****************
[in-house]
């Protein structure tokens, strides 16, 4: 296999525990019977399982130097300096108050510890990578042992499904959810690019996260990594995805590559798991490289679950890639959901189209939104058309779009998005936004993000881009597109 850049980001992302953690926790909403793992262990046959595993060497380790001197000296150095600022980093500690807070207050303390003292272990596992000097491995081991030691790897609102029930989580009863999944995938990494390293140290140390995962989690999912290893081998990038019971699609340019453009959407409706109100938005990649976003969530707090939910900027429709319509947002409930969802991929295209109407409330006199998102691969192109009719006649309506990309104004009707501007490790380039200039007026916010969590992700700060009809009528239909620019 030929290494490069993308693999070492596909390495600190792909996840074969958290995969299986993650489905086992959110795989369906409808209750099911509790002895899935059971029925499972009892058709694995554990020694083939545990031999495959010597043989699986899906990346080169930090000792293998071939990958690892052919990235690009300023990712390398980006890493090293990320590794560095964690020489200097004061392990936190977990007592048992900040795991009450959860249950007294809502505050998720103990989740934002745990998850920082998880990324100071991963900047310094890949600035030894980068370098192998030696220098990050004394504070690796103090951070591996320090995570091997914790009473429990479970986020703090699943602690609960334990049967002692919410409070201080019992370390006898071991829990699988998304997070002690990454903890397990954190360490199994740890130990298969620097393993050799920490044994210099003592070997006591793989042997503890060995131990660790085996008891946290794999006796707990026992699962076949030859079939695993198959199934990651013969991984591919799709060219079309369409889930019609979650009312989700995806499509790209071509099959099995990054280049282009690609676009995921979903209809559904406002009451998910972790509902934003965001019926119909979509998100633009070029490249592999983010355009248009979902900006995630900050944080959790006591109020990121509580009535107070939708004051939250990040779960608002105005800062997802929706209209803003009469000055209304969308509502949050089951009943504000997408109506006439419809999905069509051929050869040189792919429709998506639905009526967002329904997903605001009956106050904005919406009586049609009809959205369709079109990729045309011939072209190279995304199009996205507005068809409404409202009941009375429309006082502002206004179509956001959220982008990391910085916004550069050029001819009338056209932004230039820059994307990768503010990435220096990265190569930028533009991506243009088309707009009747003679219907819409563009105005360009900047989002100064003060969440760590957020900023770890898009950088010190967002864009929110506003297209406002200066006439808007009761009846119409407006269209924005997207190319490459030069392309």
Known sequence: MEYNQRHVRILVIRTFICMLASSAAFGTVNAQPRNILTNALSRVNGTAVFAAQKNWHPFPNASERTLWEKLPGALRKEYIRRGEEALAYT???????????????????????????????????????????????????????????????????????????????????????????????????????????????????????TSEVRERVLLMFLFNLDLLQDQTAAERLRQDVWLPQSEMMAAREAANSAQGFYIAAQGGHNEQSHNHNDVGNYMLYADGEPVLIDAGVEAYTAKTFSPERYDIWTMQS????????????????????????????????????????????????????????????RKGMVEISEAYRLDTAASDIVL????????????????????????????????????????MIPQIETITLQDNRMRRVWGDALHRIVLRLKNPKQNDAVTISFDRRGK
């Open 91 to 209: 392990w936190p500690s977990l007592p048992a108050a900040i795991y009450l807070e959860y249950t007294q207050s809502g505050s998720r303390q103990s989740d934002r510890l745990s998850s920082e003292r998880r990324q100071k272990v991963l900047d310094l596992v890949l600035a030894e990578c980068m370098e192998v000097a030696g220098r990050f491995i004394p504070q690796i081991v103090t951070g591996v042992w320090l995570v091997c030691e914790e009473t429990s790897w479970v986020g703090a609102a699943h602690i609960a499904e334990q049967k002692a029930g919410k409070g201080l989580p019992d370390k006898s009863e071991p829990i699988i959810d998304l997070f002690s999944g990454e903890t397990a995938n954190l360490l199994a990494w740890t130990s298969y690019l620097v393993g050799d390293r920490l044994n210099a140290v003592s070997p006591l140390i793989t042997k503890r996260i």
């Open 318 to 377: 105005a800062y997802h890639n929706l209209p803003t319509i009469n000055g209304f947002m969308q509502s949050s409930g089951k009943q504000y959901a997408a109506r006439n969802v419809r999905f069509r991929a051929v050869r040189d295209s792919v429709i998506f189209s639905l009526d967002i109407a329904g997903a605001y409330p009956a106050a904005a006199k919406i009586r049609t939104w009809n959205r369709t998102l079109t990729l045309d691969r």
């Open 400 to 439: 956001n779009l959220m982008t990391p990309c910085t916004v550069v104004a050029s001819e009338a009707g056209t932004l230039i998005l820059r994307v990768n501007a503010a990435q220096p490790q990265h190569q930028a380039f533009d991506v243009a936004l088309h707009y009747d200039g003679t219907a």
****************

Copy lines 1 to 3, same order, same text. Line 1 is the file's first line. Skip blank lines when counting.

[in-house]
């Protein structure tokens, strides 16, 4: 296999525990019977399982130097300096108050510890990578042992499904959810690019996260990594995805590559798991490289679950890639959901189209939104058309779009998005936004993000881009597109 850049980001992302953690926790909403793992262990046959595993060497380790001197000296150095600022980093500690807070207050303390003292272990596992000097491995081991030691790897609102029930989580009863999944995938990494390293140290140390995962989690999912290893081998990038019971699609340019453009959407409706109100938005990649976003969530707090939910900027429709319509947002409930969802991929295209109407409330006199998102691969192109009719006649309506990309104004009707501007490790380039200039007026916010969590992700700060009809009528239909620019 030929290494490069993308693999070492596909390495600190792909996840074969958290995969299986993650489905086992959110795989369906409808209750099911509790002895899935059971029925499972009892058709694995554990020694083939545990031999495959010597043989699986899906990346080169930090000792293998071939990958690892052919990235690009300023990712390398980006890493090293990320590794560095964690020489200097004061392990936190977990007592048992900040795991009450959860249950007294809502505050998720103990989740934002745990998850920082998880990324100071991963900047310094890949600035030894980068370098192998030696220098990050004394504070690796103090951070591996320090995570091997914790009473429990479970986020703090699943602690609960334990049967002692919410409070201080019992370390006898071991829990699988998304997070002690990454903890397990954190360490199994740890130990298969620097393993050799920490044994210099003592070997006591793989042997503890060995131990660790085996008891946290794999006796707990026992699962076949030859079939695993198959199934990651013969991984591919799709060219079309369409889930019609979650009312989700995806499509790209071509099959099995990054280049282009690609676009995921979903209809559904406002009451998910972790509902934003965001019926119909979509998100633009070029490249592999983010355009248009979902900006995630900050944080959790006591109020990121509580009535107070939708004051939250990040779960608002105005800062997802929706209209803003009469000055209304969308509502949050089951009943504000997408109506006439419809999905069509051929050869040189792919429709998506639905009526967002329904997903605001009956106050904005919406009586049609009809959205369709079109990729045309011939072209190279995304199009996205507005068809409404409202009941009375429309006082502002206004179509956001959220982008990391910085916004550069050029001819009338056209932004230039820059994307990768503010990435220096990265190569930028533009991506243009088309707009009747003679219907819409563009105005360009900047989002100064003060969440760590957020900023770890898009950088010190967002864009929110506003297209406002200066006439808007009761009846119409407006269209924005997207190319490459030069392309």
Known sequence: MEYNQRHVRILVIRTFICMLASSAAFGTVNAQPRNILTNALSRVNGTAVFAAQKNWHPFPNASERTLWEKLPGALRKEYIRRGEEALAYT???????????????????????????????????????????????????????????????????????????????????????????????????????????????????????TSEVRERVLLMFLFNLDLLQDQTAAERLRQDVWLPQSEMMAAREAANSAQGFYIAAQGGHNEQSHNHNDVGNYMLYADGEPVLIDAGVEAYTAKTFSPERYDIWTMQS????????????????????????????????????????????????????????????RKGMVEISEAYRLDTAASDIVL????????????????????????????????????????MIPQIETITLQDNRMRRVWGDALHRIVLRLKNPKQNDAVTISFDRRGK